December 1: World AIDS Day, commemorating those who have died of AIDS, and to acknowledge the need for a continued commitment to all those affected by the HIV/AIDS epidemic.

    December 1-24: Advent, a Christian season of celebration leading up to the birth of Christ.

    December 3: International Day of Disabled Persons, designed to raise awareness in regards to persons with disabilities in order to improve their lives and provide them with equal opportunity.

    December 10: International Human Rights Day, established by the United Nations in 1948 to commemorate the anniversary of the Universal Declaration of Human Rights.

    December 12: Feast of Our Lady of Guadalupe, a religious holiday in Mexico commemorating the appearance of the Virgin Mary near Mexico City in 1531.

    December 13: St. Lucia’s Day, a religious festival of light in Scandinavia and Italy commemorating the martyrdom of St. Lucia, a young Christian girl who was killed for her faith in 304 C.E. She secretly brought food to persecuted Christians in Rome while wearing a wreath of candles on her head so both her hands would be free.

    Holidays list courtesy of: https://www.diversitybestpractices.com/2019-diversity-holidays

  • 12 Oct 2019 6:40 AM | Anonymous

    Sandy FowlerThe conference gestation period is almost at an end—just a few weeks until the baby will be born. It always takes on a life of its own once it starts—much like a real baby coming into the world. I know it is drawing close because after daily work on the zillion conference decisions and arrangements since January, it’s now entering my dreams. Some of the dreams have a germ of sense or relate to what I was working on that day, but some are a bit bizarre. That’s the nature of dreams but not the nature of the conference. It will be an exciting learning event and not to be missed.

    At some point in their career, every interculturalist is asked, “Why is intercultural competence important? What difference does it make?” These questions challenge the foundations of the intercultural field. What is your answer? These questions and more are food for discussion with your colleagues at the 18th national conference in Atlanta.

    Why now? International relations as well as domestic diversity and inclusion are unsettled and not getting any better. Communication plays a significant role in people’s perceptions of the state of the world. Instant global communication relays events that happen across borders around the world as they happen. Violence in one city or town becomes the news of the day. Intercultural competence is needed now as never before.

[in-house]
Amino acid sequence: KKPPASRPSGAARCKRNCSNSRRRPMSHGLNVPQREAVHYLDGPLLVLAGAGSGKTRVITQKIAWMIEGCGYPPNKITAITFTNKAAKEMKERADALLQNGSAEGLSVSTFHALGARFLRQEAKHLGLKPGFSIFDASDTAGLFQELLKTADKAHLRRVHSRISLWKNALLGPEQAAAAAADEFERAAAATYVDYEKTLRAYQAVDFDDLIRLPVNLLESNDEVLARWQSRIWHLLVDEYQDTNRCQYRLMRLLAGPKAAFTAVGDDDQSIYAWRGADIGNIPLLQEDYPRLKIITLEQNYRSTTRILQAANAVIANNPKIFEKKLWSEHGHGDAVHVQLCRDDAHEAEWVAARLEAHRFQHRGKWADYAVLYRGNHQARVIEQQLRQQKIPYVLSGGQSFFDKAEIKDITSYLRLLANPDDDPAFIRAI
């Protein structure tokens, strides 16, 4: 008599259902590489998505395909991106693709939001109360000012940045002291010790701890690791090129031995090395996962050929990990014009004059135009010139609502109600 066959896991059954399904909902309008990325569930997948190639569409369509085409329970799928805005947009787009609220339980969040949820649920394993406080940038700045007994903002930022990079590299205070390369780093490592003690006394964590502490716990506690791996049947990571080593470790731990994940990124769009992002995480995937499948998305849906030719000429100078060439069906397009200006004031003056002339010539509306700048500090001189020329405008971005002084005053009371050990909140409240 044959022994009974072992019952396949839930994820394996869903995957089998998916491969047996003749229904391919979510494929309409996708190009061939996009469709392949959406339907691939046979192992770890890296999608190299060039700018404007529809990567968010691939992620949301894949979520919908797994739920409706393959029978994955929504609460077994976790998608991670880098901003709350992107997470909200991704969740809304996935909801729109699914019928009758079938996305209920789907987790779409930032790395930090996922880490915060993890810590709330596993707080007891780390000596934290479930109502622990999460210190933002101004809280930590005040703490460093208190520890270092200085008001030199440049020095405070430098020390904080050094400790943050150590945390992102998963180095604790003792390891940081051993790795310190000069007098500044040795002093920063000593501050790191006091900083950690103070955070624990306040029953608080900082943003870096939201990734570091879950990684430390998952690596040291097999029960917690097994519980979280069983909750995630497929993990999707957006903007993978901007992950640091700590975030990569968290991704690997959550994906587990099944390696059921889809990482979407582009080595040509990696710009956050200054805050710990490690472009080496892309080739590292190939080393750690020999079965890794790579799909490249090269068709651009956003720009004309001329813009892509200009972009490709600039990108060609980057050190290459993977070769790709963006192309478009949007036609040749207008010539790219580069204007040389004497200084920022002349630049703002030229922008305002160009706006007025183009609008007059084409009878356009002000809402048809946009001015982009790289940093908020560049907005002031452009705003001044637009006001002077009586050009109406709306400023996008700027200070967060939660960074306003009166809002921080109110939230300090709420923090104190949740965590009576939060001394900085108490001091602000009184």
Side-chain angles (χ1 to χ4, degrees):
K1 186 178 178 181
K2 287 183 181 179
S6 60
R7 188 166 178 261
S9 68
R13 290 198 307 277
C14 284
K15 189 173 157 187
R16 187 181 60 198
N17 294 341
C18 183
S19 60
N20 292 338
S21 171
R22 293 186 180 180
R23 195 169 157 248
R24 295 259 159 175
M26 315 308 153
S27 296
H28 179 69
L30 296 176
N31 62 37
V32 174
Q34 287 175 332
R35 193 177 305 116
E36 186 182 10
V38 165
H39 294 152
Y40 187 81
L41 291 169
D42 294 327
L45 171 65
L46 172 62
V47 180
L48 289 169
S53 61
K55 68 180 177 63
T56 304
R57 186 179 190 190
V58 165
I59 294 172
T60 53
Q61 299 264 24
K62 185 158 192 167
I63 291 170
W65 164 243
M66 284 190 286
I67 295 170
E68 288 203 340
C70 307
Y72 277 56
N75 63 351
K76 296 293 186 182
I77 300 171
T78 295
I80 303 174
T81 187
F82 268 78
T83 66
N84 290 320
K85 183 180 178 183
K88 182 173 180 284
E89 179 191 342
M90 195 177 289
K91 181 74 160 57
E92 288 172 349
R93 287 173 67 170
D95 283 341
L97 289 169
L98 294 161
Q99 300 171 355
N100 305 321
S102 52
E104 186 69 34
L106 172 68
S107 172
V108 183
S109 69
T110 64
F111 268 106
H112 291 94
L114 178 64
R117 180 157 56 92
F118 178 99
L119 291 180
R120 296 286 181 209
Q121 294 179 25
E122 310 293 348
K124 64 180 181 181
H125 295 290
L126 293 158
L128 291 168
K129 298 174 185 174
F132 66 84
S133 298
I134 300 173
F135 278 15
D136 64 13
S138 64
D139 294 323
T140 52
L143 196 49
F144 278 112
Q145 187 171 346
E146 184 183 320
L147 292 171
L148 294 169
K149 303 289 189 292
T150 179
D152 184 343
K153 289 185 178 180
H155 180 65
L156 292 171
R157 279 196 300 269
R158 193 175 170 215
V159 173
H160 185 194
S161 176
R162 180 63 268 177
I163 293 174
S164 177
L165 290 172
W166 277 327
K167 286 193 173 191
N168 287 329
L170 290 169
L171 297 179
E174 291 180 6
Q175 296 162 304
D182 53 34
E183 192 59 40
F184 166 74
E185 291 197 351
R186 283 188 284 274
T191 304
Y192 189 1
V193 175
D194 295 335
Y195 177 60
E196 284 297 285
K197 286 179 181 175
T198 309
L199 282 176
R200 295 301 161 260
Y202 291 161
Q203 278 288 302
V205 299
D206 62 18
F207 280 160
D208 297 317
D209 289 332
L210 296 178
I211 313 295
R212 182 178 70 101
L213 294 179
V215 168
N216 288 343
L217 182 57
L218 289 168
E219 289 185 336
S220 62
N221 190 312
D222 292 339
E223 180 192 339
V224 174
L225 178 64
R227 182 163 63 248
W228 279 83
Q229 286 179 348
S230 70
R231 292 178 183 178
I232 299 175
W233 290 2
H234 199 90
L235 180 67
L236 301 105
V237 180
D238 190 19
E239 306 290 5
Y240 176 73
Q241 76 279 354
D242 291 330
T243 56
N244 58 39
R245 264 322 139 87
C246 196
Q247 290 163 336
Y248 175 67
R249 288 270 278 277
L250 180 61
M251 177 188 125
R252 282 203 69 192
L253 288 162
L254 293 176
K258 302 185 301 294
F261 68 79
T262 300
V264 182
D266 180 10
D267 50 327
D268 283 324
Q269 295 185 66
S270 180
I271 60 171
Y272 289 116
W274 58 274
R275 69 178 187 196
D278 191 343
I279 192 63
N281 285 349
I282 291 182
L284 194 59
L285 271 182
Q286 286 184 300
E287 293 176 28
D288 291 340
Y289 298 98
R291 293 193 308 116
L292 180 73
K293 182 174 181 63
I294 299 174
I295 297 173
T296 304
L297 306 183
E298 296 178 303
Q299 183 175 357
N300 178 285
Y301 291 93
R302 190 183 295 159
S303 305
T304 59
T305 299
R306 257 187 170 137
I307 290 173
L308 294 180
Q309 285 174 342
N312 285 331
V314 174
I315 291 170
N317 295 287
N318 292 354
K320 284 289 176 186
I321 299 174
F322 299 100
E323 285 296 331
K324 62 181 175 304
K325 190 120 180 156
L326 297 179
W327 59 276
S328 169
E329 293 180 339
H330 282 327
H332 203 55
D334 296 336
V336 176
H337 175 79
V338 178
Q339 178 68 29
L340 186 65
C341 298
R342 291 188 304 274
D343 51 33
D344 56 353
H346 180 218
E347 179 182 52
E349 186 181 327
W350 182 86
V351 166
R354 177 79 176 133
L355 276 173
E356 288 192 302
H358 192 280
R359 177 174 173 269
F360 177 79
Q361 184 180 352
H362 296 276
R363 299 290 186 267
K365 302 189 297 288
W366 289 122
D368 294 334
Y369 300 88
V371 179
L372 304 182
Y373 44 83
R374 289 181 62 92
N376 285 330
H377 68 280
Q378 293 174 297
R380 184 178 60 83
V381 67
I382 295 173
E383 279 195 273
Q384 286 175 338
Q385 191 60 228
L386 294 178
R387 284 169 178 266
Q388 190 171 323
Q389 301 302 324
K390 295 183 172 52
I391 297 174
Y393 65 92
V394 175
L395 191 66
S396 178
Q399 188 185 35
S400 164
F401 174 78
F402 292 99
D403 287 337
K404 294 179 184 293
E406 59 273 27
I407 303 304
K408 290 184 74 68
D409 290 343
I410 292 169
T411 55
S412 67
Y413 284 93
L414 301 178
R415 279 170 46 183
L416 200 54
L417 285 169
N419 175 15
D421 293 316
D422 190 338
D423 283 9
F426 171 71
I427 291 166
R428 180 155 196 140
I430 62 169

Join us for a conference designed to stimulate your thinking, foster insights and understanding, expand your skills and renew your commitment—we will work together to explore important questions and seek answers.

    Sandra M. Fowler
    SIETAR USA President

  • 12 Oct 2019 6:33 AM | Anonymous

    Dear SIETAR USA members and colleagues,

    The future of SIETAR USA depends on its members to support its mission and to provide the leadership to guide the organization.

    SIETAR USA annually opens a call for nominations to the board of directors.We invite you to become involved by nominating yourself or another candidate. You can anyone you nominate must be:

    1. Member in good standing with SIETAR USA (or willing to become a member)
    2. Member who has attended SIETAR USA conferences in the past five (5) years
    The Nominations Committee identifies candidates through a nomination process for each position based on the required skill and knowledge sets needed for each position. Members may add names to the list of candidates by sending a petition to the Chair of the Nominations Committee.

    To that end, we are issuing the 2019 Call for Nominations for the Board of Directors of SIETAR USA. We invite you to become involved by nominating yourself or another candidate. Click here to download the 2019 call for nominations (PDF). 

    Petitions are due to the Chair of the Nominations Committee by November 5, 2019

    List of Positions Open for Nomination

    There are eight Officer and Directors positions open for nomination in 2019:

    • President Elect (Officer)
    • Secretary (Officer)
    • Treasurer (Officer)
    • Communications (Director)
    • Local Groups (Director)
    • Membership, Outreach and Diversity (Director)
    • Professional Development (Director)
    • Sponsorship Partnership Development (Director)


    The Nominations Committee identifies candidates through a nomination process for each position based on the required skill and knowledge sets needed for each position. Members may add names to the list of candidates by sending a petition to the Chair of the Nominations Committee by November 5, 2019. The petition must be signed by at least five current SIETAR USA members who support the addition of this candidate; signature by email is accepted. This slate is then announced to the members of SIETAR USA. If there is more than one candidate for a position, an election will be held.